The beginning of the year 1820 was marked by two events which strongly riveted the attention of the nation, Death of the and had a beneficial general effect in reviving those feelings Kent. of loyalty, which, though sometimes forgotten, are never extinct in the breast of the English people. The Duke of Kent, the father of our present gracious Sovereign, had accompanied the Duchess and his infant daughter, the future Sovereign of Great Britain, to Sidmouth in Devonshire, for the benefit of change of air. There he was unfortunately exposed to wet and cold on the 13th January, which brought on a cough and inflammation of the lungs, which, notwithstanding the most active treatment, terminated fatally on the 23d of the same month. He was interred, with the usual solemnities, at Windsor on 7th February. This prince took little share in public life ; and the rigorous discipline which he had found it necessary to enforce in the army, in his earlier years, when in
1820, 6; Hughes, vi. 403.
CHAP, command, had at the time given rise to considerable dis
cussion. But he had survived this temporary unpopularity, as really estimable characters seldom fail to do; and in his latter years he possessed alike the respect of the nation and the warm affection of his personal friends. Personally intrepid, as his race have ever been, he possessed at the same time the kindness of heart and charm of manner, which in all, but in none so much as those of exalted station, are the main foundation of lasting affection. In politics he inclined to the Liberal side, as his brother the Prince-Regent and the Duke of Sussex had so long done ; but he had little turn for political contentions, and shrouded himself in preference in the seclusion and enjoyments of private life. Deeds of beneficence, or the support of institutions of charity, of which he was a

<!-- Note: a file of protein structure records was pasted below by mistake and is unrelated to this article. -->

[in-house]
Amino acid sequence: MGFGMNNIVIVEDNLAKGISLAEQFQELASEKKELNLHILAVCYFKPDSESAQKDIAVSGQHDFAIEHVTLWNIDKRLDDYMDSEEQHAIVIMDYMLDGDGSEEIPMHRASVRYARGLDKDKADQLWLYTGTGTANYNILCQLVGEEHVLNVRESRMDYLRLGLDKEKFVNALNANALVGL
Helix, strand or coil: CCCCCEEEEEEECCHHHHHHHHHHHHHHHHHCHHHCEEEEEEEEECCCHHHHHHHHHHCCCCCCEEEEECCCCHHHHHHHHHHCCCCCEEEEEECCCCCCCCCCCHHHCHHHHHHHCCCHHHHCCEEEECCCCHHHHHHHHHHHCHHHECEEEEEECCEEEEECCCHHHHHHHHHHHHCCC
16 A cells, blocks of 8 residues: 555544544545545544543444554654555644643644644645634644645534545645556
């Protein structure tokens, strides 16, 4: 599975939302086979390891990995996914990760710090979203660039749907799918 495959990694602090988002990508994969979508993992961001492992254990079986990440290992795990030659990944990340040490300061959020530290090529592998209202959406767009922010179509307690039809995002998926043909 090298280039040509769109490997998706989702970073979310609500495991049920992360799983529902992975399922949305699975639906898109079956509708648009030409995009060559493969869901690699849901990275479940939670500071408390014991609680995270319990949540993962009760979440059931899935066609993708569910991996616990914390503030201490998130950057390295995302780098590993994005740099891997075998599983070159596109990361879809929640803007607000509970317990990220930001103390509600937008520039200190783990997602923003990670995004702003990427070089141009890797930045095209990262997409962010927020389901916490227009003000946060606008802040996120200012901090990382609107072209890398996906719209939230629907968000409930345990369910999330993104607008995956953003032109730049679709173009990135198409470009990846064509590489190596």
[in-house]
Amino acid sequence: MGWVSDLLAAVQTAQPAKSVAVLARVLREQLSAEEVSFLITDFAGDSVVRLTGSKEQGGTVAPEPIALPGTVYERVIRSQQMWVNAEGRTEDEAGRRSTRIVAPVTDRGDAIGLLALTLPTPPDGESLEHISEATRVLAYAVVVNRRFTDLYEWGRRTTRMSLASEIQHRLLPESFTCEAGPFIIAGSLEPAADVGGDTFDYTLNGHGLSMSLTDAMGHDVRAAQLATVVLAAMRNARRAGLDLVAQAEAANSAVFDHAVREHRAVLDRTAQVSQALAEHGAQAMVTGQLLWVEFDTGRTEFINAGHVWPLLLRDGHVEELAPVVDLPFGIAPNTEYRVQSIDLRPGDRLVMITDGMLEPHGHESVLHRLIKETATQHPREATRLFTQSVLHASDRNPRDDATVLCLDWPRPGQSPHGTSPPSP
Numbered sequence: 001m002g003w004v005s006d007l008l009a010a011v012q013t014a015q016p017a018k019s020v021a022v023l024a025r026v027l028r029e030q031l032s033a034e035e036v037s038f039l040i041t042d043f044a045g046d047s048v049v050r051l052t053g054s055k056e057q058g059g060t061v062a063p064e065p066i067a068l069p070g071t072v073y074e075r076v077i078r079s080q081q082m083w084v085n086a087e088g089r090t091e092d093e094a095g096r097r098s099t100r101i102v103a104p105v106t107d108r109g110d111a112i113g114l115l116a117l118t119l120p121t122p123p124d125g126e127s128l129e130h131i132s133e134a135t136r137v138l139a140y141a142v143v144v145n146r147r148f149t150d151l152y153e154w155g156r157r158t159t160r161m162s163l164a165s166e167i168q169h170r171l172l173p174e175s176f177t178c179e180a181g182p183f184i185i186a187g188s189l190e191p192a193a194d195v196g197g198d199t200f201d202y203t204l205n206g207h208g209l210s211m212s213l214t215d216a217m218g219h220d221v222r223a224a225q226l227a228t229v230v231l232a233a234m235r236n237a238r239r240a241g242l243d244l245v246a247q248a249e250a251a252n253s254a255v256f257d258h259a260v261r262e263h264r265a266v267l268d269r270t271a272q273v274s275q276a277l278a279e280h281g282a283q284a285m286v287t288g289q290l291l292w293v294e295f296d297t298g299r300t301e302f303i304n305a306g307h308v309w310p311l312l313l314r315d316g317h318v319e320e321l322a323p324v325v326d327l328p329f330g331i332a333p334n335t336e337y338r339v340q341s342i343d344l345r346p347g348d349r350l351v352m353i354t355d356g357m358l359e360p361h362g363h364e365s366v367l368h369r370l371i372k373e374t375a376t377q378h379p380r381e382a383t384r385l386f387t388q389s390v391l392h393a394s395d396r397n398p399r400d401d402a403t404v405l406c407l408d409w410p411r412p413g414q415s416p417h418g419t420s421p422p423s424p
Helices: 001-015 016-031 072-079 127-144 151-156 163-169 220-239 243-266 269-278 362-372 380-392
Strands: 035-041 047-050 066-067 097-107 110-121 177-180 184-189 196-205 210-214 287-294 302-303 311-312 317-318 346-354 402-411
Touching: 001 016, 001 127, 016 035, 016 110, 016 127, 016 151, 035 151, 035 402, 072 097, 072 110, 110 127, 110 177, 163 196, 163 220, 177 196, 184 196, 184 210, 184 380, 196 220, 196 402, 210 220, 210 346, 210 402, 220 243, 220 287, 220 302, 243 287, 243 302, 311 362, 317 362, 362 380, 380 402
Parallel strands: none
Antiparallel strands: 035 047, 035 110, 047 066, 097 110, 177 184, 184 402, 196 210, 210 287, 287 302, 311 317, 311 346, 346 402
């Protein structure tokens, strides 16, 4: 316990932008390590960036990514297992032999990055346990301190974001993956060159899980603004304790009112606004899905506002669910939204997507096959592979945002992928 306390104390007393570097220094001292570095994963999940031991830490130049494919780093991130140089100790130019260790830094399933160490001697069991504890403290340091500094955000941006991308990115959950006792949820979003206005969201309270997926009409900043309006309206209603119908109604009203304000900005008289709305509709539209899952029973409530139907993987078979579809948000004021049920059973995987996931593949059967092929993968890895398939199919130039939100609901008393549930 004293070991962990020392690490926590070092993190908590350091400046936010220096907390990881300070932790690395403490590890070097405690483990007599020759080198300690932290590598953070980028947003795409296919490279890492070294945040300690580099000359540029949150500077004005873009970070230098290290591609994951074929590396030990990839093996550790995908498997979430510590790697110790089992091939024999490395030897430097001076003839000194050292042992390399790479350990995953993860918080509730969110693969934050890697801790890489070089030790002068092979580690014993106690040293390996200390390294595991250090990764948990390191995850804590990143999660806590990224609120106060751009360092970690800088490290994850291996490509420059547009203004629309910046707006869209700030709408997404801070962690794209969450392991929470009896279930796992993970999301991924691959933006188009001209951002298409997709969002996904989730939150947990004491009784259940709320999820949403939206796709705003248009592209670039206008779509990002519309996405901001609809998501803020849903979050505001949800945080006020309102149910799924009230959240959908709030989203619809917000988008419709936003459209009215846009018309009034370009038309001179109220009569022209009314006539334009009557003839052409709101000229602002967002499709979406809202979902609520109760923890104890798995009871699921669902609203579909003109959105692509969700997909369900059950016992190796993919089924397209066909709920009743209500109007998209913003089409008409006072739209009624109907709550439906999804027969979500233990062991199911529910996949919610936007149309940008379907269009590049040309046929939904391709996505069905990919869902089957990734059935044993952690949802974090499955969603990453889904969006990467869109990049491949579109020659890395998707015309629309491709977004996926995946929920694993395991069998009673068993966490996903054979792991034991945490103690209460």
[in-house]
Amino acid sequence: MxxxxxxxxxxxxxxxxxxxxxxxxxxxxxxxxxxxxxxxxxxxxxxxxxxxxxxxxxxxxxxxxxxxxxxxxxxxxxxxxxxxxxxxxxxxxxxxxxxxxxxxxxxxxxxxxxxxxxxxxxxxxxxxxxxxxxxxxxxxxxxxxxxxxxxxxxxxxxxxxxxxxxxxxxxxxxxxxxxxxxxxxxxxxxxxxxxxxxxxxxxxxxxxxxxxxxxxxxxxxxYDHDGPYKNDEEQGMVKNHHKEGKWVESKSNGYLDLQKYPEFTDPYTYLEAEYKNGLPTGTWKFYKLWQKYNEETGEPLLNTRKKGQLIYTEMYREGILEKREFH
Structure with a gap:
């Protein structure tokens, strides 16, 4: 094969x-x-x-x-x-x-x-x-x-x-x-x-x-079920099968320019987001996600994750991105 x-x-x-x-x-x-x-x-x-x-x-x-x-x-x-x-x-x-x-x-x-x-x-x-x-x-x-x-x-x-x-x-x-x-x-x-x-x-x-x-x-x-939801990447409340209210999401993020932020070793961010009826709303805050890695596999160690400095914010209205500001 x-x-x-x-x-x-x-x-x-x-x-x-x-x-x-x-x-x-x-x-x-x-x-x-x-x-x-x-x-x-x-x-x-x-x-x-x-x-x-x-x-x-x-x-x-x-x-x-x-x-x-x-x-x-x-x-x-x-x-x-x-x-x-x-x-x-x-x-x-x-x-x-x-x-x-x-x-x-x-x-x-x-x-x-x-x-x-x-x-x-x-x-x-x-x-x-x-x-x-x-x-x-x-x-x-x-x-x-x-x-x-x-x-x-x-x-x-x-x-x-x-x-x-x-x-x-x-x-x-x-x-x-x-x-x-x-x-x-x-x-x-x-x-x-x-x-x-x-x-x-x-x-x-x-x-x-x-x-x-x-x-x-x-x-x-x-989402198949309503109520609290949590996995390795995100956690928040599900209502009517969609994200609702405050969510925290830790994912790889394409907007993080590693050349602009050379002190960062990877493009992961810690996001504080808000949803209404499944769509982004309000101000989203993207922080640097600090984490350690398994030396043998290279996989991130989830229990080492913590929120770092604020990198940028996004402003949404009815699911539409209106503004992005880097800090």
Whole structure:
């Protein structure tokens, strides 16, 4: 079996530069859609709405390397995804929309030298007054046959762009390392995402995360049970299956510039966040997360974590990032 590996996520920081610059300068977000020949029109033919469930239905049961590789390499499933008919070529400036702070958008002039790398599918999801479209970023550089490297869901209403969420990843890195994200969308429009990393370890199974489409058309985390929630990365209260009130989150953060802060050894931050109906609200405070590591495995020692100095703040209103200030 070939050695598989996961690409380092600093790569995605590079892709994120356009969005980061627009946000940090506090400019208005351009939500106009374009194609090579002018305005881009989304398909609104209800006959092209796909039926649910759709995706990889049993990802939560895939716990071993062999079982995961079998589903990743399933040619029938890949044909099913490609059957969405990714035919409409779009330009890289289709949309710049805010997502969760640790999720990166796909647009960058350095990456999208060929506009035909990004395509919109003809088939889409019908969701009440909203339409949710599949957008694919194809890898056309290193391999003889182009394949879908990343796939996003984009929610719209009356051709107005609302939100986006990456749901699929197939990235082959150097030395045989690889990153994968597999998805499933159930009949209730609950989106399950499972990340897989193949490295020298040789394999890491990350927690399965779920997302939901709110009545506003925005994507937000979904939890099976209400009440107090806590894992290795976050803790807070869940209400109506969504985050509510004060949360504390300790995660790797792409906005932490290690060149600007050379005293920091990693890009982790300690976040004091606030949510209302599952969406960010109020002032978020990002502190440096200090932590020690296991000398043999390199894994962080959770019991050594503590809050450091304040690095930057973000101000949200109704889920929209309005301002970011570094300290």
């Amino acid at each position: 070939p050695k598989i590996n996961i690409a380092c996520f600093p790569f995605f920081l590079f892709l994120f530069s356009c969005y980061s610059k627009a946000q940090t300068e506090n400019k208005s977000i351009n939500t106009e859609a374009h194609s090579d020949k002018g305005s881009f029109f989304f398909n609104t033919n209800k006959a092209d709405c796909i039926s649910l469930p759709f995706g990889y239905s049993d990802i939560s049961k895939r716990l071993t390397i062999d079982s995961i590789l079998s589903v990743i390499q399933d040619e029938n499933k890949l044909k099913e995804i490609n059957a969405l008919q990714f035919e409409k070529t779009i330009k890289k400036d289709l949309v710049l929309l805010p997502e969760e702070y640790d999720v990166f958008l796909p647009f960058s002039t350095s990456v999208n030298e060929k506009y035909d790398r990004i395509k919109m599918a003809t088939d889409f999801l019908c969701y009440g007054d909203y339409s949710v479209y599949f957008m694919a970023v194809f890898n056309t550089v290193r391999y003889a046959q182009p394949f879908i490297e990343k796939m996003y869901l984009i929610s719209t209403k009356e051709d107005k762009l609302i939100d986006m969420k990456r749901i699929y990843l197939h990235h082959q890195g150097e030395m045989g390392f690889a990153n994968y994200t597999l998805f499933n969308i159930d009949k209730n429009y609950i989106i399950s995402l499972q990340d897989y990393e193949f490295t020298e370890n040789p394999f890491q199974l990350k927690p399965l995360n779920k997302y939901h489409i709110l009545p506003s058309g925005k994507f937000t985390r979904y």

munificent patron, alone brought him before the eye of 1 Ann. Reg.
the public; but in private, no one was more kindly in his disposition, or had secured by acts of generosity a wider or more attached circle of friends.1
The death of the Duke of Kent was speedily followed Death of by that of his father, who had so long swayed the George III.
sceptre of the realm. Towards the end of January, the health of George III., which had hitherto been surprisingly preserved during his long and melancholy mental alienation, rapidly sunk. His strength failed, his appetite left him, and it became evident that the powers of nature were exhausted.
At length, at half-past eight on the 28th January, he breathed his last ; and the PrinceRegent, as George IV., formally ascended the throne, of which, during ten years, he had discharged the duties. On Monday the 31st, the new sovereign was proclaimed with the usual formalities at the Palace, Temple Bar, Charing Cross, and other places; the members of Parliament were sworn in, and both houses immediately adjourned to the 17th February.2
Although he had lived nearly ten years in retirement, and the practical discharge of the functions of royalty by
2 Ann. Reg. 1820, 7; Hughes, vi. 441.
the sovereign who succeeded him had so long withdrawn CHAP.
* Sermon on the Jubilee, 1810, by Rev. A. Alison--Sermons, i. 419.
CHAP. season drawn closer, from the removal of one who had
shared in its brightness. Nor did it lessen the emotion
The French said, in the days of their loyalty, “ The
of this noble maxim more strongly felt than on the pre-